Upgrade to remove ads
FINANCE 101 Terms
Finance stuff and managing money.
Terms in this set (56)
Run by parent companies that make all the trading decisions, most popular in United States
Reduction of risk by spreading investment dollars over numerous stocks or bonds to minimize the impact should one of the investments turn bad
Automatically buys more shares of the fund. Uses profits to build your stake in the fund. Still must pay taxes on earnings in most cases.
Dollar Cost Averaging
Investing a fixed amount on a regular basis in a mutual fund, usually monthly and through an automatic debit to your bank account. This method means you buy fewer shares when prices are high, and more when prices are low.
Individual Retirement Accounts
Most mutual funds offer a variety of these that may even have a lower initial deposit than regular investment accounts.
Legal document required by the Securities and Exchange Commission that details all the info investors need to know, including the risk involved.
Net Asset Value
The daily value of a mutual fund that includes all the assets minus the fund's liabilities converted to a per-share price.
Closed-End Mutual Fund
A fund that trades on stock exchanges like common stock. A fixed number of shares are issued and the value of the fund is more a function of supply and demand.
Open-end Mutual Funds
Largest number of funds on the market. Issue new shares when someone wants to buy into the fund, rather than matching an existing shareholder that wants to sell.
Result when an asset is sold for profit.
Actively Managed Mutual Fund
Open-end funds that employ a portfolio manager who buys and sells stocks and bonds in an attempt to post a better return than the market.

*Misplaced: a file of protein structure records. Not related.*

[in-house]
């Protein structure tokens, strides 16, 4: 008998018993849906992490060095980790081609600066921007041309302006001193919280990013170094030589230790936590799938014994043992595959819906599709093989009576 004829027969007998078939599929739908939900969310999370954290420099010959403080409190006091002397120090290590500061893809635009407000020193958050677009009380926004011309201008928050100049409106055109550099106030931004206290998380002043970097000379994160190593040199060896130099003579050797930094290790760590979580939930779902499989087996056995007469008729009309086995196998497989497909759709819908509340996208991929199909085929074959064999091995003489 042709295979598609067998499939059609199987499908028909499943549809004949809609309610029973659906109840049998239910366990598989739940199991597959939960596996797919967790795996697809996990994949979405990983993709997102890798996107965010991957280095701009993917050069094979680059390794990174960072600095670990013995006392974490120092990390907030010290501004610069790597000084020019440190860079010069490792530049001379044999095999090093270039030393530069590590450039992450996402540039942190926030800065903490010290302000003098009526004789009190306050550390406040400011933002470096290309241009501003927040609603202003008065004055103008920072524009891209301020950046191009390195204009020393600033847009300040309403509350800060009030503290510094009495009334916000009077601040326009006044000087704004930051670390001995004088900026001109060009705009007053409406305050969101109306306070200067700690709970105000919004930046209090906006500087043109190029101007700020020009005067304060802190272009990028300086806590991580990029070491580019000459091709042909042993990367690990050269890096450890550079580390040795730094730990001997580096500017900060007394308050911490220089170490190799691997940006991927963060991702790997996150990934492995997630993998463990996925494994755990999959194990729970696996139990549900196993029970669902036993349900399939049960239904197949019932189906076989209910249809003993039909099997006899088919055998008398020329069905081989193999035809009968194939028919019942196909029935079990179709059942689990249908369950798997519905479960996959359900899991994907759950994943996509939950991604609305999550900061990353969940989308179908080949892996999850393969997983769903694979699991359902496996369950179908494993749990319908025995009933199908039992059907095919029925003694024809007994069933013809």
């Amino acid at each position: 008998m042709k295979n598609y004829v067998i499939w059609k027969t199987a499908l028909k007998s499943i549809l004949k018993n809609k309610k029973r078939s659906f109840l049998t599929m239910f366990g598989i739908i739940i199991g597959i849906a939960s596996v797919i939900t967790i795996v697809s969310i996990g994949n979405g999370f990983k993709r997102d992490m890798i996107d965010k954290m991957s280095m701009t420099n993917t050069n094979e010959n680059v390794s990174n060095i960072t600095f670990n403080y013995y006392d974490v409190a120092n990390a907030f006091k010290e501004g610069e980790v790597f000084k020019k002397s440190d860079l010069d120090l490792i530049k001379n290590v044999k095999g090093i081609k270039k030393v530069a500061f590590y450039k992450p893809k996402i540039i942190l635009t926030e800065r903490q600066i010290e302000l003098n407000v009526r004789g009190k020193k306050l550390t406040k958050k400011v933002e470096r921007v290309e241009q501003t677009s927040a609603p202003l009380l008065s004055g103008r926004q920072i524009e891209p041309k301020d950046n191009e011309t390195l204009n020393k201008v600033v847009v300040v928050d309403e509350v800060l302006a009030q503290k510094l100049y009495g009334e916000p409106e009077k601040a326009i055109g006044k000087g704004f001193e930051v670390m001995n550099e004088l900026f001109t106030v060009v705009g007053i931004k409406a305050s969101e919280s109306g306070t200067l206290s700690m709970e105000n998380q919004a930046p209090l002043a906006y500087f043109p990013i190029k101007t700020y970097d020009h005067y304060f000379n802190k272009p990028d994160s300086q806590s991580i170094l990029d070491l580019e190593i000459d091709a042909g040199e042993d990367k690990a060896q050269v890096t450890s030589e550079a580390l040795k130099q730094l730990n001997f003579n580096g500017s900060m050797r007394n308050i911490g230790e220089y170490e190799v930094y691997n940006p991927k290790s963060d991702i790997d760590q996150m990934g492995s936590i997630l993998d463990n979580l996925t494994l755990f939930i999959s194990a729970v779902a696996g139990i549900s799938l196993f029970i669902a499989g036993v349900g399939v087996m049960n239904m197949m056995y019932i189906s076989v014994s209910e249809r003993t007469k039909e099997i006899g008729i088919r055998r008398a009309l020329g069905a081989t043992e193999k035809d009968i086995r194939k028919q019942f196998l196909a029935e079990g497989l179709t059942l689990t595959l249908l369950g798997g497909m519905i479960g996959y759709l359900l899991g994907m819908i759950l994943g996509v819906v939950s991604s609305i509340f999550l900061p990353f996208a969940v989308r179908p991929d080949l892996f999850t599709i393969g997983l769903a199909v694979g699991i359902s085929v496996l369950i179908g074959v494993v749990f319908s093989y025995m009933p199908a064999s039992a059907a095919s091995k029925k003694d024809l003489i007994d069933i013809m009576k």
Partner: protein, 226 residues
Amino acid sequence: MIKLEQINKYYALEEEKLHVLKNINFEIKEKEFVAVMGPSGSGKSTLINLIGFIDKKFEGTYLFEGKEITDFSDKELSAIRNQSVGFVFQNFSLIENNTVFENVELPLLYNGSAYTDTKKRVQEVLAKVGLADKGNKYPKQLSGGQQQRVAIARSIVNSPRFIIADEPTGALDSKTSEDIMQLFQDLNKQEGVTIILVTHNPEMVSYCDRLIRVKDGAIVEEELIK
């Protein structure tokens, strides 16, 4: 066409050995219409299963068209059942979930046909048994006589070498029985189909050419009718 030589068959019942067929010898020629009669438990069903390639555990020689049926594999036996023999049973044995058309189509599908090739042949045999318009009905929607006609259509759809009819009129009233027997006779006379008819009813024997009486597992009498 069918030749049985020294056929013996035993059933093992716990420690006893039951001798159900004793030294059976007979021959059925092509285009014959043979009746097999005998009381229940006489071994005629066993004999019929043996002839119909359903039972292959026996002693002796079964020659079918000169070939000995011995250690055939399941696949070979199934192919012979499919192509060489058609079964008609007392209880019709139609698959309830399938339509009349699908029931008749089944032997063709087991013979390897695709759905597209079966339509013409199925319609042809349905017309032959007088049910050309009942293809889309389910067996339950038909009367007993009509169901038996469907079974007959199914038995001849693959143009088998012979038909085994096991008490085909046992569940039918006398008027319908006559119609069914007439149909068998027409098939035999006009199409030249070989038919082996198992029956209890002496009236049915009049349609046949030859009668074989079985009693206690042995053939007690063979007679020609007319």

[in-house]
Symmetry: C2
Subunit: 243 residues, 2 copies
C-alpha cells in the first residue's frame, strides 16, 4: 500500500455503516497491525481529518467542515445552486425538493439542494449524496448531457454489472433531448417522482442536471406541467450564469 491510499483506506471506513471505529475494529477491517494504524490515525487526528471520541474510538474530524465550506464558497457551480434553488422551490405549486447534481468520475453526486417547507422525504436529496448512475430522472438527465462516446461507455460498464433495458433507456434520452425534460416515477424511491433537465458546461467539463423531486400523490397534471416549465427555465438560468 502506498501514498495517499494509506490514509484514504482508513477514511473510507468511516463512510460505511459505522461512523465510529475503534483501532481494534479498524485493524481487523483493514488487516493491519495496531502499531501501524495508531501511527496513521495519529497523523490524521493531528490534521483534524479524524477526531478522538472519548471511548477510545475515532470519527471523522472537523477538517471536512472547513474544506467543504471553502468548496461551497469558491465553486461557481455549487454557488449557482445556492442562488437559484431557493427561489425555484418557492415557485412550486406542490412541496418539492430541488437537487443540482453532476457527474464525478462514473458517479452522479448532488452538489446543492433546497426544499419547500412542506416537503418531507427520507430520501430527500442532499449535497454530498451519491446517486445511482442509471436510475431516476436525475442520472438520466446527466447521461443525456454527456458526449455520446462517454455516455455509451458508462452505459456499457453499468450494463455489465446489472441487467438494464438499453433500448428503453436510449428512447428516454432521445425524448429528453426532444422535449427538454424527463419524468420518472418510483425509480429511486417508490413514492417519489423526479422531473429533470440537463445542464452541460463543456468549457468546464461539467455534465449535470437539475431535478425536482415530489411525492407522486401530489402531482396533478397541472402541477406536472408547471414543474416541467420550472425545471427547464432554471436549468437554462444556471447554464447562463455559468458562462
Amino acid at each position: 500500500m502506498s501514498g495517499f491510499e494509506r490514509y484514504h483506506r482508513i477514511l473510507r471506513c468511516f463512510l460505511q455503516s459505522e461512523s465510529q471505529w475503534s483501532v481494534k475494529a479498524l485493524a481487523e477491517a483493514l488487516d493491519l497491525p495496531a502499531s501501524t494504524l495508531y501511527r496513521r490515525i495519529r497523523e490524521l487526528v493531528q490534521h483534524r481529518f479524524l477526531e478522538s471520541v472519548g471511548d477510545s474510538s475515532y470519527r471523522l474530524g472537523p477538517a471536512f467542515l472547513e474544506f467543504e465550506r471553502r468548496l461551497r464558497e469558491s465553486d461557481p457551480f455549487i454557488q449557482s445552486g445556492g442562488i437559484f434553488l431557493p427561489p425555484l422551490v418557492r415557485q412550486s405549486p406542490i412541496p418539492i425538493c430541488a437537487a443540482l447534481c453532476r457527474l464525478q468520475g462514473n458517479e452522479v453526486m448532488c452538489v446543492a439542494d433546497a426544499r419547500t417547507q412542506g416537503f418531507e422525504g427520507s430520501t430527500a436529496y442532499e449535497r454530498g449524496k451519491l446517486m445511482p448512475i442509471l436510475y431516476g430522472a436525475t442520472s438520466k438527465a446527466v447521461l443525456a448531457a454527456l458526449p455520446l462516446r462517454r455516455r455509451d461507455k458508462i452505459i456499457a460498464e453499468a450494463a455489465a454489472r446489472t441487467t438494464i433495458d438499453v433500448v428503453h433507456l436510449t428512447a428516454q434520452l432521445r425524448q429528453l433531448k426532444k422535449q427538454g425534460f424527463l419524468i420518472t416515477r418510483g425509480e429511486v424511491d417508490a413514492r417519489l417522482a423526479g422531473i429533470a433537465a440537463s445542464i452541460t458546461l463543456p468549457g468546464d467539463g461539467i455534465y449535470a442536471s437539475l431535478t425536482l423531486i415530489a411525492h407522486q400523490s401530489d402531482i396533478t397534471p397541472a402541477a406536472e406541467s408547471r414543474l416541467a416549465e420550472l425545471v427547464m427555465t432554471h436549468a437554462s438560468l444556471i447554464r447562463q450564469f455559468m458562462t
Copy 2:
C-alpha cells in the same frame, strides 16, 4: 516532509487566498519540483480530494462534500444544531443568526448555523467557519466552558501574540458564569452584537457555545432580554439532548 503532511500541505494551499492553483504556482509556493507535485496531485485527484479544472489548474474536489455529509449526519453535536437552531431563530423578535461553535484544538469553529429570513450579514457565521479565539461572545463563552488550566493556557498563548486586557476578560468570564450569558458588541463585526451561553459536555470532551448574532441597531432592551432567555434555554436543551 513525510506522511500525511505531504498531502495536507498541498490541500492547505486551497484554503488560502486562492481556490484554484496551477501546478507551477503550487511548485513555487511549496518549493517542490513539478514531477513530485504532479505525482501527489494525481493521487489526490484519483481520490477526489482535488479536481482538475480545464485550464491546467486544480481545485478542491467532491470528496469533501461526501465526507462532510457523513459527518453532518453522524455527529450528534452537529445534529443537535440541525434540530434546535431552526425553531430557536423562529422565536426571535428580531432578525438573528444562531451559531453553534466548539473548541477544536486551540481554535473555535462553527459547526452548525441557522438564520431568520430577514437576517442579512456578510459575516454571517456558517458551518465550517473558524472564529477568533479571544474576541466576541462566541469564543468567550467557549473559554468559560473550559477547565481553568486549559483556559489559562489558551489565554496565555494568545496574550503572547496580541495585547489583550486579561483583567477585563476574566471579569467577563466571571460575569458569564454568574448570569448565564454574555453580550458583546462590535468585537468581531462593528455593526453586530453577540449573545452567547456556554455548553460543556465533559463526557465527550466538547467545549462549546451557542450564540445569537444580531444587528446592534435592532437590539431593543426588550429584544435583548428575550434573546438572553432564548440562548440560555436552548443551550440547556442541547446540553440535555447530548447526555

Passively Managed Funds
Include index funds where the managers buy stocks or bonds that match the composition of popular stock and bond indexes.
The number of shares outstanding multiplied by the per share price.
Special type of stock that companies issue that have limited rights on voting on company business, but still pay a steady dividend that attracts investors.
Percentage of your portfolio occupied by stocks and bonds.
Tax-free Money Market Funds
Invest in securities that generate tax-free income.
Includes any dividends, capital gains, and interest income received from a mutual fund investment.
Mutual fund that is broad based and central to an investor's investment strategy.
Usually means profits.
Securities and Exchange Commission
Main regulatory agency responsible for monitoring the stock markets and securities industry.
Large financial institutions that handle the initial distribution of shares during an IPO.
Employee of a member firm of the NYSE. This investment professional is responsible for maintaining a market in a particular stock.
These make a market for a stock they cover by providing a quote at which they would buy or sell the stock.
Exchange traded funds (ETFs)
Similar to mutual funds in that they are baskets of stocks or bonds, but they are traded on the open market like stocks.
Cash payments to shareholders by companies.
A marked decline in the prices of goods and services.
Earnings per Share (EPS)
A way of reporting earnings or profits on a per share of stock.
Real Estate Investment Trusts
Closed-end funds that invest in real estate and mortgages.
Tangible assets such as stocks, bonds, cash, real estate, and other types of assets.